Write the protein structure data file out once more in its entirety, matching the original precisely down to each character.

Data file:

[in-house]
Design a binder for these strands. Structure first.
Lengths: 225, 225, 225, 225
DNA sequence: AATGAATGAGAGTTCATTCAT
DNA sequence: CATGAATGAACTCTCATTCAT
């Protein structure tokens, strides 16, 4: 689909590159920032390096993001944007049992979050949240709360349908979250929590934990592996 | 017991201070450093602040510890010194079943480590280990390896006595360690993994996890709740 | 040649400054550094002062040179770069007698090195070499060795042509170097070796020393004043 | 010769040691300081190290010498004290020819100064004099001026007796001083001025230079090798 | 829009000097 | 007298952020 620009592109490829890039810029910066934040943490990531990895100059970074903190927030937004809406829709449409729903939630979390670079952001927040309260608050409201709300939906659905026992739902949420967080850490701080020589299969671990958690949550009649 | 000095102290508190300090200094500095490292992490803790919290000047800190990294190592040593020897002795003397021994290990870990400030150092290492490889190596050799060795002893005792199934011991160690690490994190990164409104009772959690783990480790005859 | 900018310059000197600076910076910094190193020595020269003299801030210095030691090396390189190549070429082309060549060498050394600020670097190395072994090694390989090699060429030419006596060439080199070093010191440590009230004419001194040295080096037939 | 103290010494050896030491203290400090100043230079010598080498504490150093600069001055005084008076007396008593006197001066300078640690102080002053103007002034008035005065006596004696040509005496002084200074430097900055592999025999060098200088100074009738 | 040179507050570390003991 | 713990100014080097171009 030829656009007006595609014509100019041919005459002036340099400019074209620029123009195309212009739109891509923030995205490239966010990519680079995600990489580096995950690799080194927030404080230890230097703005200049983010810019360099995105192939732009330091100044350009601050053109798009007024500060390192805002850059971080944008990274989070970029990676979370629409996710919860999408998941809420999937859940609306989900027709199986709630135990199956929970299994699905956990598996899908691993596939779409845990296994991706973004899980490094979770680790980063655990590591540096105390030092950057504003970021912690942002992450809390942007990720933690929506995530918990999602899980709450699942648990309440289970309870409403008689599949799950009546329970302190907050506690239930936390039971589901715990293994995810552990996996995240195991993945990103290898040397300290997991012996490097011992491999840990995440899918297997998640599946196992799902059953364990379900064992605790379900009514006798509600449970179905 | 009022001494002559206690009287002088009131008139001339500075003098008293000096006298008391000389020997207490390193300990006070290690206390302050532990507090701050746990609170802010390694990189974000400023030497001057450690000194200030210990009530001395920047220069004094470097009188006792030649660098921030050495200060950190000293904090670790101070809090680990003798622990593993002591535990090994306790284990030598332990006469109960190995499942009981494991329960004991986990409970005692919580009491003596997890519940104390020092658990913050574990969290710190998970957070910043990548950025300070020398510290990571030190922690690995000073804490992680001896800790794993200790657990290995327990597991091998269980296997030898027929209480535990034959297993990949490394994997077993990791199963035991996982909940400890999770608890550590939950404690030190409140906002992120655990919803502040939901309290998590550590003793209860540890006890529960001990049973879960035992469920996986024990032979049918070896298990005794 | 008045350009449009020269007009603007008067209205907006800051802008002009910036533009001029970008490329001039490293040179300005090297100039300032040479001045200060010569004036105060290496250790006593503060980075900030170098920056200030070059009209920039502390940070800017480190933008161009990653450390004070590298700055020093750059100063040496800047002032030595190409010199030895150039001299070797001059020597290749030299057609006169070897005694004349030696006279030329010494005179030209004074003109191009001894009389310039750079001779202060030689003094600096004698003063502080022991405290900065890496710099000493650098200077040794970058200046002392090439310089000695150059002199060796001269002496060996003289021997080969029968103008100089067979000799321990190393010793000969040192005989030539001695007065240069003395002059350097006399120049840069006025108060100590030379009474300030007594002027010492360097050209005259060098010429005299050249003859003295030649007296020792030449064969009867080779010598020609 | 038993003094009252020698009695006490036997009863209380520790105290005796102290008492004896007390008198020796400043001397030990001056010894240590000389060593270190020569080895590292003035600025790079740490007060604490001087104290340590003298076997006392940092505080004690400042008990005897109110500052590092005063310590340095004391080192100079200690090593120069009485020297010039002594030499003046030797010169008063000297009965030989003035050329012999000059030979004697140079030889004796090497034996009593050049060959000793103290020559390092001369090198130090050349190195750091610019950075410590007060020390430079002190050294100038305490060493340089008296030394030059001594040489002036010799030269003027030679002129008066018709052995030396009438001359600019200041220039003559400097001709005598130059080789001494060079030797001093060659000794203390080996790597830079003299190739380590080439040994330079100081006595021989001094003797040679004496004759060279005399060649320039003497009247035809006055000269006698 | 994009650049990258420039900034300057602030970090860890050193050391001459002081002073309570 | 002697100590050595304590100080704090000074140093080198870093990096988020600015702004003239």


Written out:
[in-house]
Design a binder for these strands. Structure first.
Lengths: 225, 225, 225, 225
DNA sequence: AATGAATGAGAGTTCATTCAT
DNA sequence: CATGAATGAACTCTCATTCAT
């Protein structure tokens, strides 16, 4: 689909590159920032390096993001944007049992979050949240709360349908979250929590934990592996 | 017991201070450093602040510890010194079943480590280990390896006595360690993994996890709740 | 040649400054550094002062040179770069007698090195070499060795042509170097070796020393004043 | 010769040691300081190290010498004290020819100064004099001026007796001083001025230079090798 | 829009000097 | 007298952020 620009592109490829890039810029910066934040943490990531990895100059970074903190927030937004809406829709449409729903939630979390670079952001927040309260608050409201709300939906659905026992739902949420967080850490701080020589299969671990958690949550009649 | 000095102290508190300090200094500095490292992490803790919290000047800190990294190592040593020897002795003397021994290990870990400030150092290492490889190596050799060795002893005792199934011991160690690490994190990164409104009772959690783990480790005859 | 900018310059000197600076910076910094190193020595020269003299801030210095030691090396390189190549070429082309060549060498050394600020670097190395072994090694390989090699060429030419006596060439080199070093010191440590009230004419001194040295080096037939 | 103290010494050896030491203290400090100043230079010598080498504490150093600069001055005084008076007396008593006197001066300078640690102080002053103007002034008035005065006596004696040509005496002084200074430097900055592999025999060098200088100074009738 | 040179507050570390003991 | 713990100014080097171009 030829656009007006595609014509100019041919005459002036340099400019074209620029123009195309212009739109891509923030995205490239966010990519680079995600990489580096995950690799080194927030404080230890230097703005200049983010810019360099995105192939732009330091100044350009601050053109798009007024500060390192805002850059971080944008990274989070970029990676979370629409996710919860999408998941809420999937859940609306989900027709199986709630135990199956929970299994699905956990598996899908691993596939779409845990296994991706973004899980490094979770680790980063655990590591540096105390030092950057504003970021912690942002992450809390942007990720933690929506995530918990999602899980709450699942648990309440289970309870409403008689599949799950009546329970302190907050506690239930936390039971589901715990293994995810552990996996995240195991993945990103290898040397300290997991012996490097011992491999840990995440899918297997998640599946196992799902059953364990379900064992605790379900009514006798509600449970179905 | 009022001494002559206690009287002088009131008139001339500075003098008293000096006298008391000389020997207490390193300990006070290690206390302050532990507090701050746990609170802010390694990189974000400023030497001057450690000194200030210990009530001395920047220069004094470097009188006792030649660098921030050495200060950190000293904090670790101070809090680990003798622990593993002591535990090994306790284990030598332990006469109960190995499942009981494991329960004991986990409970005692919580009491003596997890519940104390020092658990913050574990969290710190998970957070910043990548950025300070020398510290990571030190922690690995000073804490992680001896800790794993200790657990290995327990597991091998269980296997030898027929209480535990034959297993990949490394994997077993990791199963035991996982909940400890999770608890550590939950404690030190409140906002992120655990919803502040939901309290998590550590003793209860540890006890529960001990049973879960035992469920996986024990032979049918070896298990005794 | 008045350009449009020269007009603007008067209205907006800051802008002009910036533009001029970008490329001039490293040179300005090297100039300032040479001045200060010569004036105060290496250790006593503060980075900030170098920056200030070059009209920039502390940070800017480190933008161009990653450390004070590298700055020093750059100063040496800047002032030595190409010199030895150039001299070797001059020597290749030299057609006169070897005694004349030696006279030329010494005179030209004074003109191009001894009389310039750079001779202060030689003094600096004698003063502080022991405290900065890496710099000493650098200077040794970058200046002392090439310089000695150059002199060796001269002496060996003289021997080969029968103008100089067979000799321990190393010793000969040192005989030539001695007065240069003395002059350097006399120049840069006025108060100590030379009474300030007594002027010492360097050209005259060098010429005299050249003859003295030649007296020792030449064969009867080779010598020609 | 038993003094009252020698009695006490036997009863209380520790105290005796102290008492004896007390008198020796400043001397030990001056010894240590000389060593270190020569080895590292003035600025790079740490007060604490001087104290340590003298076997006392940092505080004690400042008990005897109110500052590092005063310590340095004391080192100079200690090593120069009485020297010039002594030499003046030797010169008063000297009965030989003035050329012999000059030979004697140079030889004796090497034996009593050049060959000793103290020559390092001369090198130090050349190195750091610019950075410590007060020390430079002190050294100038305490060493340089008296030394030059001594040489002036010799030269003027030679002129008066018709052995030396009438001359600019200041220039003559400097001709005598130059080789001494060079030797001093060659000794203390080996790597830079003299190739380590080439040994330079100081006595021989001094003797040679004496004759060279005399060649320039003497009247035809006055000269006698 | 994009650049990258420039900034300057602030970090860890050193050391001459002081002073309570 | 002697100590050595304590100080704090000074140093080198870093990096988020600015702004003239």